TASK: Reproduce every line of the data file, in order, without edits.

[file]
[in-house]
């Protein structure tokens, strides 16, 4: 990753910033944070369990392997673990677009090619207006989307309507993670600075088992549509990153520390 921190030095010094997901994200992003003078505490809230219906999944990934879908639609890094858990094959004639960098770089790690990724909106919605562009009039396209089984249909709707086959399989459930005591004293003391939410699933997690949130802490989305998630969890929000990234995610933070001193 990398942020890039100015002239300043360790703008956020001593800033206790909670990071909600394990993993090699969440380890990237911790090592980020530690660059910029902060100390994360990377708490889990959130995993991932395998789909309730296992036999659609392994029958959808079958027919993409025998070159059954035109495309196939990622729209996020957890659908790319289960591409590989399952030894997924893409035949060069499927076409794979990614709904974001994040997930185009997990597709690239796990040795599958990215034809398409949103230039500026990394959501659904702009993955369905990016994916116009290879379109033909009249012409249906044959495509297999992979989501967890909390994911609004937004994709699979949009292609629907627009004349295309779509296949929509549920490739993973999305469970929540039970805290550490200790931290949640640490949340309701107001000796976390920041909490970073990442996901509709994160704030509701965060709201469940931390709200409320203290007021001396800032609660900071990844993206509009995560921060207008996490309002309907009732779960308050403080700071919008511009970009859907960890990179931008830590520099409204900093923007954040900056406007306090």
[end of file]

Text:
[in-house]
């Protein structure tokens, strides 16, 4: 990753910033944070369990392997673990677009090619207006989307309507993670600075088992549509990153520390 921190030095010094997901994200992003003078505490809230219906999944990934879908639609890094858990094959004639960098770089790690990724909106919605562009009039396209089984249909709707086959399989459930005591004293003391939410699933997690949130802490989305998630969890929000990234995610933070001193 990398942020890039100015002239300043360790703008956020001593800033206790909670990071909600394990993993090699969440380890990237911790090592980020530690660059910029902060100390994360990377708490889990959130995993991932395998789909309730296992036999659609392994029958959808079958027919993409025998070159059954035109495309196939990622729209996020957890659908790319289960591409590989399952030894997924893409035949060069499927076409794979990614709904974001994040997930185009997990597709690239796990040795599958990215034809398409949103230039500026990394959501659904702009993955369905990016994916116009290879379109033909009249012409249906044959495509297999992979989501967890909390994911609004937004994709699979949009292609629907627009004349295309779509296949929509549920490739993973999305469970929540039970805290550490200790931290949640640490949340309701107001000796976390920041909490970073990442996901509709994160704030509701965060709201469940931390709200409320203290007021001396800032609660900071990844993206509009995560921060207008996490309002309907009732779960308050403080700071919008511009970009859907960890990179931008830590520099409204900093923007954040900056406007306090």